Several decades ago, law enforcement agents perceived a rise in robberies at “stash houses” so they began to conduct “reverse sting” operations. The idea being that persons at a “stash houses” were particularly vulnerable to being robbed because they traded in cash and would be unwilling to involve law enforcement due to the illegal nature of activity at these houses. A “stash house” may sound like an official or menacing term, but it is simply law enforcement nomenclature for a place where items (drugs, cash, etc.) of the drug trade are kept.
Courts have long been suspicious of these types of sting operations. As the Tenth Circuit noted in Quinn v. Young, 780 F.3d 998, 1008 (10th Cir. 2015), “sting operations present unique questions relating to suspect culpability, particularly regarding the question of intent.” The Ninth Circuit boldly acknowledged the “troubling aspects” of a reverse sting designed “to find and arrest crews engaging in violent robberies of drug stash houses,” including “[t]he risk inherent in targeting ... a generalized population.” UnitedStates v. Black, 733 F.3d 294, 298 (9th Cir. 2013) ("The Black cases arise from a profoundly disturbing use of government power that directly imperils some of our most fundamental constitutional values.").
Empirical data showed that the “generalized population” most commonly targeted in these operations were racial minorities. But the rub for defense lawyers has been discovering any information about “selective prosecution” or “selective enforcement” by the government. That has been true because of two Supreme Court cases in particular that placed the hurdle higher than any particular defendant has been able to clear. In United States v. Armstrong, 517 U.S. 456 (1996) and United States v.Bass, 536 U.S. 862 (2002) (per curiam), the Supreme Court held that to obtain discovery, a defendant had the burden to present “some evidence” of discriminatory effect and discriminatory intent of the government action, and the defendant’s showing must be credible and cannot generally be satisfied with nationwide statistics.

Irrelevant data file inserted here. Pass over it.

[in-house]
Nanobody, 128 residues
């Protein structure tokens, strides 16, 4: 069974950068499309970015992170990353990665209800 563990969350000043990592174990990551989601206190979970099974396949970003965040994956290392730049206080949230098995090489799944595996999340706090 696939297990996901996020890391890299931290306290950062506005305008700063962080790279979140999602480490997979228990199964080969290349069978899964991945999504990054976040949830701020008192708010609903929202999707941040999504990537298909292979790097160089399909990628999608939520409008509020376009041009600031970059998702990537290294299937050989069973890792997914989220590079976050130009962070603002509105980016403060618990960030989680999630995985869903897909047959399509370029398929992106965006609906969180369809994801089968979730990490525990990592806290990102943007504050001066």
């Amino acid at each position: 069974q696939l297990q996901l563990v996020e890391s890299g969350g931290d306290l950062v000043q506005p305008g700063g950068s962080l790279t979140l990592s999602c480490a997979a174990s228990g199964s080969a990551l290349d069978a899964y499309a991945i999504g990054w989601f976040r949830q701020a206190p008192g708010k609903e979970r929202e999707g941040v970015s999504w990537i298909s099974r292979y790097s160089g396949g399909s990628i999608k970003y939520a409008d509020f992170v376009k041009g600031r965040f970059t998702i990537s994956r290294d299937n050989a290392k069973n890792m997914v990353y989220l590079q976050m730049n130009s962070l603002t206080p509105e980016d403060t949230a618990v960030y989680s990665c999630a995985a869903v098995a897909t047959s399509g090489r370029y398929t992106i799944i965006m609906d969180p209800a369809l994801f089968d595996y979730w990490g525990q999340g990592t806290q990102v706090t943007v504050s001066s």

Two weeks ago, the Third Circuit in United States v. Washington, No. 16-2795(Aug. 28, 2017) took on this standard, noting that “Armstrong/Bass has proven to be a demanding gatekeeper,” and that “the lived experience, … has resembled less a challenge and more a rout, as practical and logistical hurdles abound – especially proving a negative.” If you represent a defendant charged as a result of a stash house sting, Washington is worth your time to read.
Relying upon the logic of a Seventh Circuit opinion in United States v. Davis, 793 F.3d 712 (7th Cir. 2015), the Third Circuit noted in Washington the difference between law enforcement and prosecution. In other words, the decision a prosecutor may make about who to charge is different than the decision of law enforcement on who to target. In the latter instance, “there are likely to be no records of similarly situated individuals who were not arrested or investigated – would transform the functional impossibility of Armstrong/Bass into a complete impossibility.” The Third Circuit determined that motions for discovery seeking information on putative claims of unconstitutional selective enforcement are not governed by the strict application of the Armstrong/Bass framework. Rather, a defendant who raises a claim of selective law enforcement may rely upon a proffer that shows some evidence of discriminatory effect, including reliable statistical evidence, and need not show some evidence at the initial stage of discriminatory intent.
Washington thus relaxed the legal standard for defendants seeking discovery from law enforcement agencies. It is, of course, not binding law in this Circuit. And Tenth Circuit precedent may not be helpful to these claims. In 2006, the Tenth Circuit in United States v. Alcaraz-Arellano, 441 F.3d 1252 (10th Cir. 2006) found that to establish a discriminatory effect in a selective prosecution race case the claimant must show that similarly-situated individuals of a different race were not prosecuted,” and that “the elements are essentially the same for a selective enforcement claim.” But as the Third and Seventh Circuits have recently shown, the lived experiences of these stash house sting operations has been to foreclose any possibility that defendants can acquire the basic information in discovery to even raise the claim. In light of these cases, and Washington in particular, defense lawyers now have new authority to rely upon to aggressively seek discovery of discriminatory practices in stash house sting operations.
-- Rich Federico
-- Rich Federico